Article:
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Consolidation of IT systems, if not carefully planned and managed, could impair credibility if, for example, a statistical agency’s data systems are—or are even thought to be—combined with those of a regulatory or program agency. Credibility could also be affected if statistical agencies are not able to control data processing resources sufficiently to meet announced schedules for release of key economic and social indicators, such as the monthly unemployment rate or Consumer Price Index. As P&P notes (p. 9), “Adherence to predetermined release schedules for important economic or other indicator data serves to prevent even the appearance of manipulation of release dates for political purposes.” Trust of Providers Data providers must be able to rely on the word of a statistical agency. An agency achieves credibility with its providers by ensuring appropriate confidentiality of responses. Maintaining confidentiality, in particular, precludes the use of individually identifiable information for any administrative, regulatory, or enforcement purpose. (P&P, p. 5) The E-Government Strategy (p. 11) proposes “building strong privacy protections into the E-Government initiatives.” However, if not carefully implemented, consolidation of IT systems across agencies within a department could inadvertently make it possible for administrative or enforcement agencies to gain access to confidential information provided by individual respondents solely for statistical purposes. Trust could also be impaired if survey respondents or other providers believe that their data are readily available to program or regulatory agencies. Independence A large and widely acknowledged position of independence is necessary for a statistical agency to have credibility and to carry out its function to provide an unhindered flow of useful, high-quality information for the public and policy makers. Without the credibility that comes from a strong degree of independence, users may lose trust in the accuracy and objectivity of the agency’s data, and data providers may become less willing to cooperate with agency requests. In essence, a statistical agency must be distinct from those parts of the department that carry out enforcement and policy-making activities. To be credible, a statistical agency must be impartial and avoid even the appearance that its collection, analysis, and reporting processes might be manipulated for political purposes or that individually identifiable data might be turned over for administrative, regulatory, or enforcement purposes. …Characteristics related to independence are that the statistical agency have: authority for professional decisions over the scope, content, and frequency of data compiled, analyzed, or published…; authority for selection and promotion of professional, technical, and operational staff;…[and] dissemination policies that foster regular, frequent release of major findings from an agency’s statistical programs to the public via the media, the Internet, and other means. (P&P, p. 6) In the spirit of P&P’s comments on independence, we believe that careful consideration must be given to the costs, as well as the benefits, of any plan to integrate federal statistical agency IT systems with those of other agencies in a department. Offsetting the possible benefits to a department from budgetary savings and simplification of such processes as IT systems acquisition and maintenance are the possibly serious consequences for the ability of statistical agencies to perform their mission. Integration plans need to be carefully formulated so as not to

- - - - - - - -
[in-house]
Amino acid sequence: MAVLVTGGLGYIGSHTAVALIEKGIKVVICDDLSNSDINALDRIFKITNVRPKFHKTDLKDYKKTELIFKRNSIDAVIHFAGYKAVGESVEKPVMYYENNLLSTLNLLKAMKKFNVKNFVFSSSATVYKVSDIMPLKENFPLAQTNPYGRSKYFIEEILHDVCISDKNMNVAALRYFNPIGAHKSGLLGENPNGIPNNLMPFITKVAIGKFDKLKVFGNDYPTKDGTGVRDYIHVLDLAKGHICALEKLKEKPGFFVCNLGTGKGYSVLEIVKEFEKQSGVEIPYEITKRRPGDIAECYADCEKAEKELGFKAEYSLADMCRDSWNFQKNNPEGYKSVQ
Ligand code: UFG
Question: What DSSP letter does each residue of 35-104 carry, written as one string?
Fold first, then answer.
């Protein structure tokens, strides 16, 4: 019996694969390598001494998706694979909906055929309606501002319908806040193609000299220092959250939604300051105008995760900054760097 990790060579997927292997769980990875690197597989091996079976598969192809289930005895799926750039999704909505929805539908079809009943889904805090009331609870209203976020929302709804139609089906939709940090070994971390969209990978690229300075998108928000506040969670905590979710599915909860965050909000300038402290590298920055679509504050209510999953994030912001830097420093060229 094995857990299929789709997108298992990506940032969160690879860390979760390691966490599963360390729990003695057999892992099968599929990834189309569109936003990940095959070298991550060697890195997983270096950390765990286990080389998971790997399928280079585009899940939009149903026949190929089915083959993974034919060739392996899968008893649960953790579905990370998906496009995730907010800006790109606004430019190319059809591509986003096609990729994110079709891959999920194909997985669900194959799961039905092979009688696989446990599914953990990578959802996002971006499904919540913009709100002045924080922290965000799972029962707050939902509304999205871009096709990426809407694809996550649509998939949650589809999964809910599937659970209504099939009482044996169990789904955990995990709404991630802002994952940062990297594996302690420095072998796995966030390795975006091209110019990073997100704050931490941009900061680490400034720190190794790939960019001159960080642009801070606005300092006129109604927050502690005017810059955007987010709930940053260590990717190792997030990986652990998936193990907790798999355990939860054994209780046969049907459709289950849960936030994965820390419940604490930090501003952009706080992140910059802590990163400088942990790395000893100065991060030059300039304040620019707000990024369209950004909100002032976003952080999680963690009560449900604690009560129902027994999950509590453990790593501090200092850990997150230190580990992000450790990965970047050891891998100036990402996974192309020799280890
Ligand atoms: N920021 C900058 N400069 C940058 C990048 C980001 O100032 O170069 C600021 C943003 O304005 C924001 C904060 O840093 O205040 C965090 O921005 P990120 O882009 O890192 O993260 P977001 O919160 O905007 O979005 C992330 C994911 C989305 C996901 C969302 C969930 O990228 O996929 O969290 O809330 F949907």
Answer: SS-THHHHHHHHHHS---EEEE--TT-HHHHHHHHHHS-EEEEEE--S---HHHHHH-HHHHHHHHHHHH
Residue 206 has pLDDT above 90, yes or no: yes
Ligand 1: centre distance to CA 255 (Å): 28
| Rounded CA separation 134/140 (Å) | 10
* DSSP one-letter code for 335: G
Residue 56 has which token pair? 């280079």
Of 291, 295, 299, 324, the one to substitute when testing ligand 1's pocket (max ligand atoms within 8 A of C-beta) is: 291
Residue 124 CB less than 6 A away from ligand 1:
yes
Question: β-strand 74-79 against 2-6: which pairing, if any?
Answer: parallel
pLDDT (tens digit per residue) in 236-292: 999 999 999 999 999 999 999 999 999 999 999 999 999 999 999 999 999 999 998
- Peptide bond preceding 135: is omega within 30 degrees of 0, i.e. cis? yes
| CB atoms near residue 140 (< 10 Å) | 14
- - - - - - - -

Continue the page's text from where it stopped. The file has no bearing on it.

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undermine the credibility of statistical agency reports or the willingness of households and businesses to respond to agency requests for data that are needed to inform both policy makers and the public. We would be pleased to meet with you or your staff to discuss these issues as they relate to our prior and ongoing work. Sincerely yours, John E. Rolph, Chair Committee on National Statistics cc: Katherine K.Wallman, Chief Statistician, Office of Management and Budget